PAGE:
Don’t like to cook? Alyssa Brantley has you covered with 100 Quick and Easy Recipes | Where does NOLA eat?

Cooking a meal can be a relaxing and creative project. It can also become a chore that forces home cooks to slide into a rut of boredom or, worse, order expensive and less-than-nutritious meals.

Alyssa Brantley comes to the rescue with The ‘I Don’t Want to Cook’ Book, a collection of 100 easy and tempting recipes aimed at making this essential task quick and relatively painless on those days when the kitchen doesn’t feel like the place your happy

Brantley, creator of the blog, relies on big flavors and what she calls “whole meals, half the time” to create dishes that will tempt the family without stressing the cook. She encourages home cooks to take advantage of healthy snacks like shredded cabbage, peeled garlic cloves and rotisserie chicken to eliminate prep time and improve dinnertime.

Brantley lives in Seattle but grew up in Philadelphia and is also a fan of Louisiana food.

“My parents were very interested in trying food from all over the country,” she said in a phone interview. “My mom explored many different cuisines and tastes.”

“I was in New Orleans for Jazz Fest. I’m familiar with the food and I really like the taste.”

A favorite ingredient: andouille sausage.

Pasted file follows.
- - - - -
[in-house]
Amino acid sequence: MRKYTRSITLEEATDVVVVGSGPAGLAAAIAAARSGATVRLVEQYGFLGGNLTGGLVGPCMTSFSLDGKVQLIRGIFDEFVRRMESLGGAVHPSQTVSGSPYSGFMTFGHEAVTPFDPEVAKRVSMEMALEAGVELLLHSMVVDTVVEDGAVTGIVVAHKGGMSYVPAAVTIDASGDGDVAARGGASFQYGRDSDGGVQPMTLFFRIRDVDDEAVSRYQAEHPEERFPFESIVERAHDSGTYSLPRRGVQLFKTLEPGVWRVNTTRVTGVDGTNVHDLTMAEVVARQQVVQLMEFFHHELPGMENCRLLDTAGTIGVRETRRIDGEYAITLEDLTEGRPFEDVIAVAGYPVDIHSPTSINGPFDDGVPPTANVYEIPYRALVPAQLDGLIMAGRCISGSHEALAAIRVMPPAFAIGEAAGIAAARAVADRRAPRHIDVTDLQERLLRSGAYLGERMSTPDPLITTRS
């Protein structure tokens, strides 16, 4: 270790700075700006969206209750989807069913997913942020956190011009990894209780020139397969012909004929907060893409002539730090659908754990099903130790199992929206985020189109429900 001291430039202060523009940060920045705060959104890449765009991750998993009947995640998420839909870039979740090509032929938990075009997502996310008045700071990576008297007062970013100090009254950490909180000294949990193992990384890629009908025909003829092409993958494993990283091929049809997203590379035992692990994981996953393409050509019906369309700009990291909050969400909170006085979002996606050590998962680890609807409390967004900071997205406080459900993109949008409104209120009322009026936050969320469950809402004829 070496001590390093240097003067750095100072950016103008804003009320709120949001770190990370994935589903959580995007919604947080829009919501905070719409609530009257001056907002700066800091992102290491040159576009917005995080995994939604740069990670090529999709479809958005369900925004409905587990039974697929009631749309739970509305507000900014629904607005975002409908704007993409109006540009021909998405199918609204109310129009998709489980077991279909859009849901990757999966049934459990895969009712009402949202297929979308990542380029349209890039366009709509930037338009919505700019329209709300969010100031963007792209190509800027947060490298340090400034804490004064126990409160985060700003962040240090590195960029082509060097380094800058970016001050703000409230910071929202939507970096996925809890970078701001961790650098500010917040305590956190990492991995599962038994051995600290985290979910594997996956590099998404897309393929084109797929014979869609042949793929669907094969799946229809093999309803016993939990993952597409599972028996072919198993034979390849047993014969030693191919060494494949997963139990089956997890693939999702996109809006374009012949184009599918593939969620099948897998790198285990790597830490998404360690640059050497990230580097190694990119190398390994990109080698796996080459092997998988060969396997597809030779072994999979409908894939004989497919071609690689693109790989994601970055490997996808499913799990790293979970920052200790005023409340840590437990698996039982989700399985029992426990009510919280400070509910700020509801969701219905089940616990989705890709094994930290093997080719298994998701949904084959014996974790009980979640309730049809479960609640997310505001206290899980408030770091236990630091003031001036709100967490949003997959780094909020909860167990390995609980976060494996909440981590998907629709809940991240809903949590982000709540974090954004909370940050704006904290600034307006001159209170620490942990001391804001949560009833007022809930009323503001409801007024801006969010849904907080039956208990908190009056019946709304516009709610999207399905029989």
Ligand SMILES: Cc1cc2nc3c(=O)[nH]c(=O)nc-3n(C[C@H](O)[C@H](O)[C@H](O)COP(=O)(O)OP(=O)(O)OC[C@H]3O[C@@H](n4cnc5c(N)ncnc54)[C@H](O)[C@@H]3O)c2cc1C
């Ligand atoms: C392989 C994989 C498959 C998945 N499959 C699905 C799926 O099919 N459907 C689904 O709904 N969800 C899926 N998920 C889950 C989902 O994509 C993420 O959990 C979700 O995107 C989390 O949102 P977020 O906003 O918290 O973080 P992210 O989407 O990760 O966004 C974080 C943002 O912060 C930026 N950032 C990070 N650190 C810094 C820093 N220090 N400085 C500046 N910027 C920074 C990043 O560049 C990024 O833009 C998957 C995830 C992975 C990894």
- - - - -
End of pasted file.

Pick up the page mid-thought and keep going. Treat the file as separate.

“Andouille has a lot of flavor and adds a lot of complexity to dishes,” she said.

“Something I started doing was different kinds of seafood stews for my family. I started making a short seafood stew with shrimp, andouille and corn. The seafood and corn on its own are tender and sweet,” she said. , and sausage adds that spicy, smoky flavor.

In fact, the most useful chapter in the cookbook may be the one on the main meal. “Dinners That Don’t Last All Day” uses simple, quick-cooking ingredients like shrimp, chicken, and fresh or frozen vegetables to put together complete dinners.

“This is how I cook,” said Brantley, mother of two sons, ages 12 and 7.

And, she said, “I love the flavor. Mediterranean food, East Asian food—those are some of the biggest flavor bombs.”

Ingredients are kept to a minimum. With a handful of spices and sauces to mix and match, cooks can have an arsenal of easy and varied recipes to whip up on a weeknight, she said.

But life is short, so don’t skip dessert. A five-minute chocolate mousse is Brantley’s favorite.


Shrimp and avocado salad with sweet corn

Save time and prep work by using frozen, uncooked, peeled and deveined shrimp and frozen sweet corn kernels. Toss them together and toss them with fresh avocado, red onion, basil and a simple lemon olive oil dressing for a great salad that’s practically easy. This recipe comes together in less than 15 minutes. Serves 3.

⅓ cup extra virgin olive oil

2 tablespoons freshly squeezed

lemon juice

1 teaspoon kosher salt

½ teaspoon ground black pepper

1 pound frozen, uncooked, peeled, deveined large shrimp

1 cup frozen yellow sweet corn kernels

½ medium red onion, peeled, halved and thinly sliced

1 ounce (about 1 cup packed) thinly sliced ​​fresh basil leaves

1 large avocado, peeled, cored and diced